Our third strand is a programme of face-to-face talks, events, exhibitions, cafes scientifiques. For these activities, we’ve specifically targeted four “communities of place” or “communities of interest”. Firstly, we’ve engaged local communities in the southern UK, because that’s where we are located. School pupils are another traditional target, but we’ve also contributed to events for teachers, offering our work as fresh examples to illustrate the curriculum.
We’ve targeted “users of the marine environment” as well, through events such as the Southampton Boat Show that are less traditional venues for science outreach. And last but not least, one constituency that I’ve particularly enjoyed engaging are “retirees / lifelong learners”, through networks such as Probus and University of the Third Age. Our total audiences so far for these “face-to-face” engagement activities are more than 15000 people.
So have all or any of these efforts made me a “better” researcher? There are four outcomes that I think fit the bill:
(1) Raising our profile has led to new research opportunities and resources. For example: some of the funding for my lab currently comes from National Geographic; working with other documentary makers has led to new fieldwork opportunities; and potential new collaborators from different fields have contacted me following media coverage of our work. So together that means cold hard cash, new collaborations and proposals, and more papers, i.e. things that my bosses measure.
(2) Generating “impact” from our research. Inspiring and informing people about science is recognised as a “wider societal benefit”, if you have the evidence to demonstrate that outcome. That’s the tricky part, but we’ve collected evidence that shows this impact (in terms of “reach” and “significance”). Consequently, in research proposals, our “pathways to impact” involving carefully crafted public engagement have been well-received by reviewers (and RCUK are highlighting some of our work as a forthcoming case study).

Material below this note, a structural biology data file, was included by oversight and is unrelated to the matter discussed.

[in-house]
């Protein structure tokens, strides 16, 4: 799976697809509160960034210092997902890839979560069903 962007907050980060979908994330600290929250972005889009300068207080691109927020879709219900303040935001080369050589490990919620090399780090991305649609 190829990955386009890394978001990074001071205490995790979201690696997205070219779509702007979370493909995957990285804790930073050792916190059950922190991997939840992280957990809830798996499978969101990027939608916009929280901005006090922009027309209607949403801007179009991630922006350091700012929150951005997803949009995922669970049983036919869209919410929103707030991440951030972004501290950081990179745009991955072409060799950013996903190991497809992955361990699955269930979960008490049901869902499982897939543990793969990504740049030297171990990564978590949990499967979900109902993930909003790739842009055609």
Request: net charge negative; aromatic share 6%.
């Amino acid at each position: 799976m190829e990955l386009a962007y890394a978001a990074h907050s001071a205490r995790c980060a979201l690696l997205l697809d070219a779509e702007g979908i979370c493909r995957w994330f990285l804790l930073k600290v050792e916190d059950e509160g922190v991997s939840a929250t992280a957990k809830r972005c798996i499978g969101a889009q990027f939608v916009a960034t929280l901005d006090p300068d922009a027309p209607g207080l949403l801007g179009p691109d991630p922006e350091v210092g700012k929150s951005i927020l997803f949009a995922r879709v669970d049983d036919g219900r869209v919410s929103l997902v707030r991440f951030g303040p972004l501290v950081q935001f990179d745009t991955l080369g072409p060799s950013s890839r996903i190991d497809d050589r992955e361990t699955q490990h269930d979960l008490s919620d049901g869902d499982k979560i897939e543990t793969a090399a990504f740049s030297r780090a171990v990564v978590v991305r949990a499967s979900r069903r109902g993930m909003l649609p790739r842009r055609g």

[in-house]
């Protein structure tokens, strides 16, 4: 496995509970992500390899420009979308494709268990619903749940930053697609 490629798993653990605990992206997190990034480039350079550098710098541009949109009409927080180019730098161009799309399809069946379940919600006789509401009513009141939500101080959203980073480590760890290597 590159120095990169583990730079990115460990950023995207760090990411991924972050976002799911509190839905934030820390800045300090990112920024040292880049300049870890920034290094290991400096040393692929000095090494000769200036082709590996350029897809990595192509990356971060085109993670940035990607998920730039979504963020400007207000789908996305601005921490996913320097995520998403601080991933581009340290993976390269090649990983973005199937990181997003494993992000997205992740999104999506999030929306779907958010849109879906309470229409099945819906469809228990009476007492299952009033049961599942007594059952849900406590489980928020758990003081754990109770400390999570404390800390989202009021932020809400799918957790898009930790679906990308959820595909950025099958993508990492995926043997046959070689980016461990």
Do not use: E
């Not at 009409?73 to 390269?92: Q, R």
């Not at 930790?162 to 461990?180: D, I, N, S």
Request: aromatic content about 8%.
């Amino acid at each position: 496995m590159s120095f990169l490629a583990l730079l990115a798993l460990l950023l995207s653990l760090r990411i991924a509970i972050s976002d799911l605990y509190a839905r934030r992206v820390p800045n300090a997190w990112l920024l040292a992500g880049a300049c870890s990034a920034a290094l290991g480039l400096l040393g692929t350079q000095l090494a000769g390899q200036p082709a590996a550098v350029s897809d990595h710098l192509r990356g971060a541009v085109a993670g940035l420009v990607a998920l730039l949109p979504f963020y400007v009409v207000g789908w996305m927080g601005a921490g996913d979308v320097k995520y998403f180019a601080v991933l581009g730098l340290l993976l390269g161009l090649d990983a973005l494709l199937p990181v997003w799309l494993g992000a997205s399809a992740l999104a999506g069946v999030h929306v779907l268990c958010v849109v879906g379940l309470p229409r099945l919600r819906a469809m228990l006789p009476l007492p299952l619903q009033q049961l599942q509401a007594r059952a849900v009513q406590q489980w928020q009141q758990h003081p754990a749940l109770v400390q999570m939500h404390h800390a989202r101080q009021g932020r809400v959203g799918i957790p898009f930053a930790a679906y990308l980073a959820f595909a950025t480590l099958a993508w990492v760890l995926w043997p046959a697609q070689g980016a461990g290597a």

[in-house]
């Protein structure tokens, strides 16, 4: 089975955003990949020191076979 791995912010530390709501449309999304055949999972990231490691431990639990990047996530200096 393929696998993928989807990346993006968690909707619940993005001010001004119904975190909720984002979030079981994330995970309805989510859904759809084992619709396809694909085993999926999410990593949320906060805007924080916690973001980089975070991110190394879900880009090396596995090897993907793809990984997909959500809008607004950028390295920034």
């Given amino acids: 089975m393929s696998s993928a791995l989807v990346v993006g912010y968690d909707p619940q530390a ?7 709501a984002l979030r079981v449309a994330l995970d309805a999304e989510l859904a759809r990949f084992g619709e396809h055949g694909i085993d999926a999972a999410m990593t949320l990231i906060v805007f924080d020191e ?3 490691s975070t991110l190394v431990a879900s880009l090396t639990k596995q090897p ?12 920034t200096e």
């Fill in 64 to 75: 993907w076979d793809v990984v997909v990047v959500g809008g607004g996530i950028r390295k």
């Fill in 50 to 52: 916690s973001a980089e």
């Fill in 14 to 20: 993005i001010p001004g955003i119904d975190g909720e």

(3) Gaining broader perspectives of research problems or issues. This has come particularly from engaging “retirees / lifelong learners”, who I think are an important but perhaps underappreciated audience. Questions that I’ve had from these groups have made me look at research problems in new ways, and helped to broaden my thinking. It’s pretty arrogant to assume that only a fellow specialist in your field can offer any insights for your work, and I’m excited by the potential wider experience that we can “crowdsource” in this way.
(4) Reaffirming motivation in our research / boosting our morale. I switched on the “interactive” elements of our engagement website with some trepidation, half expecting a deluge of spam and vitriol. But instead the comments we received were overwhelmingly positive: people really appreciated the chance to share in our work, and talk to us about it. That kind of feedback and demonstration of public support has been a huge boost, renewing our determination in struggles we face within our science agencies for our area of research.
There is, of course, a cost involved in the outreach that we do. That cost is not financial (we’ve had no direct funding for our engagement activities), but in terms of time and effort. Consequently, there must be a balance. My group could doubtless do more outreach, but we also need to produce our traditional research outputs. We could also do less outreach, or none, but I think the benefits above outweigh the costs at our current level of activity.
One factor that makes a big difference in that calculation, however, is that it is a shared effort. In particular, my research students are eager to contribute, and do so exceptionally skilfully, while keeping the targets of their PhD theses and papers in sight. Most of all, I find that encouraging for the future: to them, there is no dichotomy. Sharing our research with wider audiences is simply part of how we do our science.Tweet